What is phonology?
Phonology is the study of the sound patterns of the language. It is the system of rules underlying the sound patterns in a specific language. There are many ways to discover the unconsciousness system underlying our speeches. Phonology tries to explore that.
In a sound system, all the rules are governed by a systematic rule, phonology studies it by introducing the phonological rules. In Phonology, the following things are discussed.
- Phonemes and allophones
- The rule of assimilation
- Insertion and deletion
- Phonological rules
The Theories Of Phonology
There are some theories of phonology that describe how the sounds are produced. They are—
- The Assimilation rules
- Dissimilation rules
- Insertion rules
- Deletion rules
- Exchanging rules
1. The Assimilation Rules:
Assimilation is the most commonly used rules for all the languages of the world. It is a process where we make one sound more similar to another one with respect to some features. Assimilation varies from speaker to speaker and in their style of conversations. It can occur as three ways like—
- Assimilation of place
- Assimilation of manner
- Assimilation in voicing
We can say, consonants change into three ways, so assimilation occurs in these three ways.
Here are some examples of assimilation in the English language that is referring to the three types of the assimilation process.
A. Nasal Assimilation
We can find an example of nasal assimilation /n/ when /n/ can assimilate to the place of articulation of the following consonants.
|Sentence using nasals||Assimilation|
|He can be present||Can be either / Kan be / or /Kam be/|
|I can go||Can go/Kan go/ or / Kang go/|
B. Alveolar Assimilation:
In a casual speech in English, this type of assimilation is found. Here the assimilation of the place occurs. It is done by the children who are not that much care about their speeches. For example, when they pronounce ‘landlord’ as ‘lanlord’.
e.g. ‘Cinderella’ becomes “cinrella”. Here alveolar /d/ is assimilated to approximant /r/. It is somehow also an example of assimilation of voicing too.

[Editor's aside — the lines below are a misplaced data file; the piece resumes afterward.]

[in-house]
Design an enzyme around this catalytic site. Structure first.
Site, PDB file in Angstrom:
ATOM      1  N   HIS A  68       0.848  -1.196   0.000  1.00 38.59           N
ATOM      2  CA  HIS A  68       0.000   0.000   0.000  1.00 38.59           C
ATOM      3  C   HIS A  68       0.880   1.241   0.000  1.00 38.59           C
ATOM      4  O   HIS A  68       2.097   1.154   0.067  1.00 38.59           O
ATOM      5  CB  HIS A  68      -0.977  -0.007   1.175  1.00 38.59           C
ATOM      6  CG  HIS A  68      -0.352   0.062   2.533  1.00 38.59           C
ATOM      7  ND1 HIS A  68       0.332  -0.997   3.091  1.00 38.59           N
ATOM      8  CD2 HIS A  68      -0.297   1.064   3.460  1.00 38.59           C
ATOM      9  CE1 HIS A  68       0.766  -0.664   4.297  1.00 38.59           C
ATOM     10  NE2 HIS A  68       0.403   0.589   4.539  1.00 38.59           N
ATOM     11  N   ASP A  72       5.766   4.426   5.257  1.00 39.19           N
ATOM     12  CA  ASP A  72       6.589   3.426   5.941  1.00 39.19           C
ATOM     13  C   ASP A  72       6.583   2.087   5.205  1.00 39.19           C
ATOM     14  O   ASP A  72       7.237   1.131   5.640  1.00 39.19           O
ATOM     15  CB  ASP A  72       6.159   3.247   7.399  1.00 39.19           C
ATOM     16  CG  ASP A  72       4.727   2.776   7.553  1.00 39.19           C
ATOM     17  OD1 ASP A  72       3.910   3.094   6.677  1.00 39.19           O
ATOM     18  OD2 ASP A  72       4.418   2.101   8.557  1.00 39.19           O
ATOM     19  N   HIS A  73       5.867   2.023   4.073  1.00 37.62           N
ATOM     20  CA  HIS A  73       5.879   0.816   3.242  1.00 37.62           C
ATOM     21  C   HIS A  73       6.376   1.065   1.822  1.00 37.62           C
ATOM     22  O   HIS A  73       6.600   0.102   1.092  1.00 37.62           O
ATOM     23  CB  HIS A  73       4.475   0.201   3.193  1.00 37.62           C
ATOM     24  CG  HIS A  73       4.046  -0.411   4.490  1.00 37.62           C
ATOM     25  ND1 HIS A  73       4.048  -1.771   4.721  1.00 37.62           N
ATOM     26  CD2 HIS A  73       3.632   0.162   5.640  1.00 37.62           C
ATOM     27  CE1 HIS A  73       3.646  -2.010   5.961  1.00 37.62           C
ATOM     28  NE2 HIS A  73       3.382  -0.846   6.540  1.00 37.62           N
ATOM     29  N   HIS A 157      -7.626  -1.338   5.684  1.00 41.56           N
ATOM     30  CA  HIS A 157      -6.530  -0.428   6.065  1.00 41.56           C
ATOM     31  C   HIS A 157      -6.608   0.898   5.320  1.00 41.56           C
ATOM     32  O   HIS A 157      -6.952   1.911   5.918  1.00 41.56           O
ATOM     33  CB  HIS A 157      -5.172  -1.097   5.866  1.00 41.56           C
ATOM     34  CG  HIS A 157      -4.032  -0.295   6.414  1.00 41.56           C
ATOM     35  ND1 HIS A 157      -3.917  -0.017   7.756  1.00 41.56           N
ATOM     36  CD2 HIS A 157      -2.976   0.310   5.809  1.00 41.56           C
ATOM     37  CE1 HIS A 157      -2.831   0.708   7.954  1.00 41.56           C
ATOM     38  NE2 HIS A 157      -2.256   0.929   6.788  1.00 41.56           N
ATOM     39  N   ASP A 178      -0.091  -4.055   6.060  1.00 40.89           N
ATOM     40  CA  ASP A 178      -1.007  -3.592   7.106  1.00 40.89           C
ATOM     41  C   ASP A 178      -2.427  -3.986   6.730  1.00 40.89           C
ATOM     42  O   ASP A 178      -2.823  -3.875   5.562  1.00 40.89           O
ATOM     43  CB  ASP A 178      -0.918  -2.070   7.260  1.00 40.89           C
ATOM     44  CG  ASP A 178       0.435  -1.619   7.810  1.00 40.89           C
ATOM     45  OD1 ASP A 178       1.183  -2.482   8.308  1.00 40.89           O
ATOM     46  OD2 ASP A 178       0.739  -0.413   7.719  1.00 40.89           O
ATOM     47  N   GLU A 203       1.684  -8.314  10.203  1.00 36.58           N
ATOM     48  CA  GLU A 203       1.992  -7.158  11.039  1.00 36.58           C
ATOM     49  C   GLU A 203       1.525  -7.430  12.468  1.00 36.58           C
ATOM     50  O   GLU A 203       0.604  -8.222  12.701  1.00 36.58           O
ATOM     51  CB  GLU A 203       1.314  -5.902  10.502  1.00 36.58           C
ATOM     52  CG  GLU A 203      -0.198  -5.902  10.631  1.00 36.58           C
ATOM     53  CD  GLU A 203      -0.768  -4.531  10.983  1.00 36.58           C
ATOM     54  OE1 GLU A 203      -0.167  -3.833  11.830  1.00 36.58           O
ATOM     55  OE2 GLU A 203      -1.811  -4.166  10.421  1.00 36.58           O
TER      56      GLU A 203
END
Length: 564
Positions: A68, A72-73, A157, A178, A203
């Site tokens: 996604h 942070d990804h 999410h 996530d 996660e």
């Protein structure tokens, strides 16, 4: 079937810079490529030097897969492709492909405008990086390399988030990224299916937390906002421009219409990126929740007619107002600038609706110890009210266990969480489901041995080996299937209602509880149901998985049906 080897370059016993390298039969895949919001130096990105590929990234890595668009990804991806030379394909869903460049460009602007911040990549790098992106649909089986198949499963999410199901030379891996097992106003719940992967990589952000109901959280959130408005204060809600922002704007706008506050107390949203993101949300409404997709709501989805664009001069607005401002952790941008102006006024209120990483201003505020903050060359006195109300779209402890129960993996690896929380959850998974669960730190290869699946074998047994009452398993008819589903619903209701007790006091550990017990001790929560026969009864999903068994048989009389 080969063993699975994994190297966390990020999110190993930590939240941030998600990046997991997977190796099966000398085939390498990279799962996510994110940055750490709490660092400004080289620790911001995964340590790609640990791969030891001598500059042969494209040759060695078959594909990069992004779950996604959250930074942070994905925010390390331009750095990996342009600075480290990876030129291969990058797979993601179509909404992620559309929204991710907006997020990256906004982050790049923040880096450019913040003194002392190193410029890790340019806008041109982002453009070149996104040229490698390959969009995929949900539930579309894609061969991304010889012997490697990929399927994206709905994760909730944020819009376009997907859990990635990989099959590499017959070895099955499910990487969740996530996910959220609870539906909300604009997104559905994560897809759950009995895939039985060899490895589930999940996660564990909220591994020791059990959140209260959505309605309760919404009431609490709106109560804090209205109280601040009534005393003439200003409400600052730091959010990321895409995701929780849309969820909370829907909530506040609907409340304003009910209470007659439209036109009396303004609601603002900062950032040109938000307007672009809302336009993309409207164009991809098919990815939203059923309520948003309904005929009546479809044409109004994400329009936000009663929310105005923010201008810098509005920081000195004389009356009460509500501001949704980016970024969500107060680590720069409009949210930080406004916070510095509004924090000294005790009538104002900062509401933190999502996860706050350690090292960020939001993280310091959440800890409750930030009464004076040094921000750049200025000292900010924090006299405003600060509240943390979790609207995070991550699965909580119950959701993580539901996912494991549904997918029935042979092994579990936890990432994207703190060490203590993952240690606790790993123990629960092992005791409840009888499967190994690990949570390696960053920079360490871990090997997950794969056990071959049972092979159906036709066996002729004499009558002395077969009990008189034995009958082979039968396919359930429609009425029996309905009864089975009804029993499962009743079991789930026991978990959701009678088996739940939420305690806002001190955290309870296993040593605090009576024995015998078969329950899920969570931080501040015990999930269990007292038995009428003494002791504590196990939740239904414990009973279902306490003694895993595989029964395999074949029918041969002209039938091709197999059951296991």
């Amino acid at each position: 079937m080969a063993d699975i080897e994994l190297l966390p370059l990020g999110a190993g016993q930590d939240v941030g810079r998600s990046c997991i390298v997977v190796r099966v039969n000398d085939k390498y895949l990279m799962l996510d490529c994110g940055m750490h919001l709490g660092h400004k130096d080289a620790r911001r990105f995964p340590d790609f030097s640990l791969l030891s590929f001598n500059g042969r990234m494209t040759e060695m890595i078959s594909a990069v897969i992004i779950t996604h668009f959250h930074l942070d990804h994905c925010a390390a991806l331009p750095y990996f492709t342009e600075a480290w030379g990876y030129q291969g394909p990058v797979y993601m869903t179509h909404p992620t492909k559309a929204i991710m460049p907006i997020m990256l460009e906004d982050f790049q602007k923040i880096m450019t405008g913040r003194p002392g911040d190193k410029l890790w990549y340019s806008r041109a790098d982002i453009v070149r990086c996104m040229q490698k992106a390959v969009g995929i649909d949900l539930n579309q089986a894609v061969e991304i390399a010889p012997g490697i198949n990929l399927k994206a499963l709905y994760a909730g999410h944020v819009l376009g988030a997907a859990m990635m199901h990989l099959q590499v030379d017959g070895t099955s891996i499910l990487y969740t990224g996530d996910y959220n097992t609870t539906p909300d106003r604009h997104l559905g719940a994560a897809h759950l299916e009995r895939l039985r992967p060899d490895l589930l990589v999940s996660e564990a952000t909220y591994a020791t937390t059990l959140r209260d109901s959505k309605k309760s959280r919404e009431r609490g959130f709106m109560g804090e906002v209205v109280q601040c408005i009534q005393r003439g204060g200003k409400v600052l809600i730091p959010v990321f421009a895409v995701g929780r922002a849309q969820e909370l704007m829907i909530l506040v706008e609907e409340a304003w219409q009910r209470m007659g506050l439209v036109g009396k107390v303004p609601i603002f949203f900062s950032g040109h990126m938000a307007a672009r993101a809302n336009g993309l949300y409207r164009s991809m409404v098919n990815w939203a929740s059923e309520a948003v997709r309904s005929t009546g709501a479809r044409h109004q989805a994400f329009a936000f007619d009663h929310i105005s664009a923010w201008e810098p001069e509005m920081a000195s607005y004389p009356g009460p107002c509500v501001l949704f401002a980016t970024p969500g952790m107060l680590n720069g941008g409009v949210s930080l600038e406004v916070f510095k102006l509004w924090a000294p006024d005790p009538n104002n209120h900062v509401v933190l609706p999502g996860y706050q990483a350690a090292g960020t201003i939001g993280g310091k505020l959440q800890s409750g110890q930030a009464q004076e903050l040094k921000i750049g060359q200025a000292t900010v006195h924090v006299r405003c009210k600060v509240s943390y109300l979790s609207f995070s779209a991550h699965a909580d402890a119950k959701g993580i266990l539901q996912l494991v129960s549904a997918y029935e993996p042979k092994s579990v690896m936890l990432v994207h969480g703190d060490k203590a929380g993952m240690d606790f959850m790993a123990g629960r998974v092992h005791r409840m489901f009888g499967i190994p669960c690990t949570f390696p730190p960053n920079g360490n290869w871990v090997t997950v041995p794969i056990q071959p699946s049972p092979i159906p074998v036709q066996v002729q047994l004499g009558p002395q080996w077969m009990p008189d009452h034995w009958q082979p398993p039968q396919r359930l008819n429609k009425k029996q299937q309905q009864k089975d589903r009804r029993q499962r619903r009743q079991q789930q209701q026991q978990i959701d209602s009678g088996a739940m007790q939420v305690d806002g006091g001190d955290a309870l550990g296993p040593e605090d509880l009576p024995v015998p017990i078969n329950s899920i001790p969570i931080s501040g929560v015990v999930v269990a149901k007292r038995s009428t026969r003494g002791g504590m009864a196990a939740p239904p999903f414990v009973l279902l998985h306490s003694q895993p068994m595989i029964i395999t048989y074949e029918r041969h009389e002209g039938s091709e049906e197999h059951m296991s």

C. Assimilation in voicing
It occurs very often in English speakers. It makes the voiced sound into a voiceless. For example.
|Actual Pronunciation||Assimilated Pronunciation|
|Have to||Haf to|
Voicing assimilation is very common in English regular plurals ending with /s/, for example,
Fig – Figs
Bat – Bats
2. The dissimilation rules:
When two neighboring sounds become less similar to each other this causes dissimilation in phonology. It usually occurs in laterals fricatives and nasals in English.
Here, the /d/ is absent in the second case.
3. Insertion rules:
Insertion process occurs when a segment is not presented at the phonemic level but is added to the phonetic form of a word. This process is also called ‘epenthesis’ in linguistics.
Insertions are found in some of the cases like—
|Types Of Insertion||Examples|
|Insertion of vowels||Thorow to ‘Thorough’|
|Insertion of voiceless stop||Something to ‘something’|
|Insertion of /y/||Tuesday to ‘tyuzday’|
4. Rules For Deletion:
It occurs when a segment or a phoneme is presented at the phonemic level but is deleted at the phonetic level in a word.
A common example is given when the /r/ is deleted after the vowel used in American English.
For example, Car is pronounced as /ka:/. More examples are shown below.
|Actual Word||Example of deletion|
Another occurrence of deletion is found in fricative pronunciation as in the /sixths/ is deleted to /sikz/ or /siks/.
Deletion of vowel sounds is also found when the short vowel /shoa/ is followed by bilabial /b/ as in about as /baut/.
5. Exchange Rules:
It is a process of re-ordering of sounds or syllables that can be resulted for speech errors sometimes.
It is also termed as ‘mathathesis’ in English.
Exchange can occur in many ways in English, like.
|Types of exchange||Example|
|Exchange of /s/||Ask as /aks/|
|Exchange of /r/||Brid (Old English) as Bird (Modern English)|
Suprasegmentals are aspects of phonological rules that include the stress, intonation, and syllables.
There are some phonetic sounds that cannot be analyzed as distinct sounds. That time it includes some of the extended vocal effects as intonation, level of pitch, stress, etc.